Drawing comparisons to empires past, Johnson explores in vivid detail the likely consequences of dependence on a permanent war economy, and what it will mean when the globe's sole "hyperpower" is no longer capable of paying for the vaulting ambitions of its leaders - and becomes the greatest hyper-debtor of all time. In his stunning conclusion, Johnson suggests that the crisis of a financial breakdown could ultimately prove to be the only path to a renewed nation.
©2006 Chalmers Johnson; (P)2007 Blackstone Audio Inc.
"[A] biting, often effective indictment of some ugly and troubling features of America's foreign policy and domestic politics." (Publishers Weekly)
I agree with everything the author writes, and then some. It's infuriating, what this country's become. The author's self-righteous tone will appeal mostly to the convinced. In his telling, the US is always bad, bad, and has never done anything on the world stage that's the slightest bit altruistic. While this is mostly true, and while the author has his facts perfectly in line (the account of the US soldiers guarding the Iraqi Oil Ministry while allowing Iraq's irreplaceable historical tresures fall to looting - is especially harrowing), I would probably look elsewhere if you are giving this to someone who already thinks liberals can't stop the reflexive America-bashing.
Sad but true, the US is not the wandering do-gooder it's made out to be by FoxNews. We've got a long, rich history of meddling in the affairs of other nations with catastrophic results. Chalmers Johnson pulls no punches in explaining why. He details the parallels of the American empire with those of Rome and Britain. Truly scary stuff. You must read this BEFORE appearing on Bill O'Rielly.
I thought that this was a fascinating book that really laid out a real possibility of the path that our country is on if we don't start taking measures to do and be better.
I study and appreciate history and can clearly see how the US is is headed for serious changes if we aren't careful.
BA English MA Political Science Political Independent Intellectually curious Critical reader
Though this is a book length diatribe against the Bush administration Johnson is a serious researcher and has a very good reputation for knowing what he is talking about. I have read some other things he has written, but they dealt with other issues. He really digs in and goes beyond the silly chanting you hear at rallies and explains what he is furious about...though after a while it is obvious that he is coming from the far left at which point it is difficult to take him as serious.
Annoyed with Audible because they wouldn't print my review about Ken Follett's "Fall of Giants"
Very informative and well-researched book and the narrator is very clear and easy to understand. However too one-sided and Mr. Johnson is often in internally contradictory in his efforts to demonize (He criticizes the Americans for both ignoring the language of written agreements and treaties and then later for insisting on strict readings of those same written agreements) There is a fertile area to research and Mr Johnson is an admirable researcher and writer but his impersonation of an left wing version of FOX NEWS heavily damages his credibility.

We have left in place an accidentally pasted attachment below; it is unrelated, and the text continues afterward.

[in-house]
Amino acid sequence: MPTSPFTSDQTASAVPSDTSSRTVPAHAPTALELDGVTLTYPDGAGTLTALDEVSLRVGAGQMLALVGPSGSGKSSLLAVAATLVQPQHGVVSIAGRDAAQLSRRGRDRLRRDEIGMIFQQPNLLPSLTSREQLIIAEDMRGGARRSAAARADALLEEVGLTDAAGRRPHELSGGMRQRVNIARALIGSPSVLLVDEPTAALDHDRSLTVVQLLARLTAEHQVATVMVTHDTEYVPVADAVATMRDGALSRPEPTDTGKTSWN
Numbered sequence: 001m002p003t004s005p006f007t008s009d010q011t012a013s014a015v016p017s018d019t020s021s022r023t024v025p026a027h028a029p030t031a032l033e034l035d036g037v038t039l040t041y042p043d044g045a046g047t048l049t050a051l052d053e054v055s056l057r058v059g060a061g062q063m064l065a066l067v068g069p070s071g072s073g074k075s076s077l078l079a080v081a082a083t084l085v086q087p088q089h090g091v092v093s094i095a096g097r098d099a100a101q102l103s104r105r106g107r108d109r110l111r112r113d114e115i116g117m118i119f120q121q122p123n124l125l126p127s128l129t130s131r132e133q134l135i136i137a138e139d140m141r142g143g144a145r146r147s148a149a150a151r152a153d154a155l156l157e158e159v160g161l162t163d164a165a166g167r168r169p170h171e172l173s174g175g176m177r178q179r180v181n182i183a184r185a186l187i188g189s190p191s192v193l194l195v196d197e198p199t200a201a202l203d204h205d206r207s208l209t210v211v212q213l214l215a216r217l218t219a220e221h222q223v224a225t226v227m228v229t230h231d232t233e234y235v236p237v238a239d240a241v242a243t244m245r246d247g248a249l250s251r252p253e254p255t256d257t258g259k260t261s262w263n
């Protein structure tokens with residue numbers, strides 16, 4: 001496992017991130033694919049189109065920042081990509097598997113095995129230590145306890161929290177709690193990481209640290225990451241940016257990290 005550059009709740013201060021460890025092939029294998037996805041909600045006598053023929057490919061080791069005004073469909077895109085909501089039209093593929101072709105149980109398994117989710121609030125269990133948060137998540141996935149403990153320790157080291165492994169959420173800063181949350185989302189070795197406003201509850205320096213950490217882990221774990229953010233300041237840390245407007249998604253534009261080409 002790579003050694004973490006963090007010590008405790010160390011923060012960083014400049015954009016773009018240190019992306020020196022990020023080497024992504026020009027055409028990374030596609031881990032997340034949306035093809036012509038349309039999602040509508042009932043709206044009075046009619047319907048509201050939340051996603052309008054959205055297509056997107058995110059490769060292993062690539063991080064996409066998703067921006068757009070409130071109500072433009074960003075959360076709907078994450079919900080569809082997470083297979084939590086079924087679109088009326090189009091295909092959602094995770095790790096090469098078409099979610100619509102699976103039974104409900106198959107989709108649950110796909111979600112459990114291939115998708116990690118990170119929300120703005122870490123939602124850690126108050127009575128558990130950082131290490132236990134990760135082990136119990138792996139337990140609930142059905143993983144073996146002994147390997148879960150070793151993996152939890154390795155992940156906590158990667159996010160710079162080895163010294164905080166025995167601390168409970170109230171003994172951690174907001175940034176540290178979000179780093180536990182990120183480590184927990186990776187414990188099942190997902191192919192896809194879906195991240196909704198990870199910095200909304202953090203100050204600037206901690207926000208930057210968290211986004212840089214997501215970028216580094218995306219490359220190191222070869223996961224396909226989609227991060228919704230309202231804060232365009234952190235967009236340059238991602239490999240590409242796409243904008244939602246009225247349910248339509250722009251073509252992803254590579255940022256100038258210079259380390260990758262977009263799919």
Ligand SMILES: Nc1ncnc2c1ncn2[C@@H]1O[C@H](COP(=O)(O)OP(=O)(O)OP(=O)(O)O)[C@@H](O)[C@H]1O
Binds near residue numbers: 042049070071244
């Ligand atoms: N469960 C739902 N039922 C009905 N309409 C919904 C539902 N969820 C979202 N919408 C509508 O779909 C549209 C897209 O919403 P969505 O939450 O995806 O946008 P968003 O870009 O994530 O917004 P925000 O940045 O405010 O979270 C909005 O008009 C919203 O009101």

I found this book to be somewhat interesting but very biased in its political stand.
Mr. Johnson makes some good point about the basis of our economy being artifically held up by military spending, but he seems to place the vast majority of the blame on Republicans. I am not an expert in these matters, but I will go out on a limb and say that Democrat administrations have contributed to the military industrial complex also.
Mr. Johnson repeatedly beats the drum about the CIA wanting secret bases so they can torture people. Mr. Johnson does not define what he means by torture, and given the tone of his work he could mean that making people listen to Rush Limbaugh counts as torture.
After I had listened to this book I did some research and found that this is the third volume in a trilogy. I have not had an opportunity to listen to the other two volumes, so it is possible that in those books he takes Democrat administrations to task for spreading American bad will around the globe.
The book makes some good points concerning American involvement in other countries' political affairs and how our economy is tied to endless war, points that other writers have made. I would be a little more inclined to believe some of his assertions if it were not so obvious that he was gringing an axe.
If I have an opportunity to read some of his other works I will either regard this book as more reliable or as just another screed.
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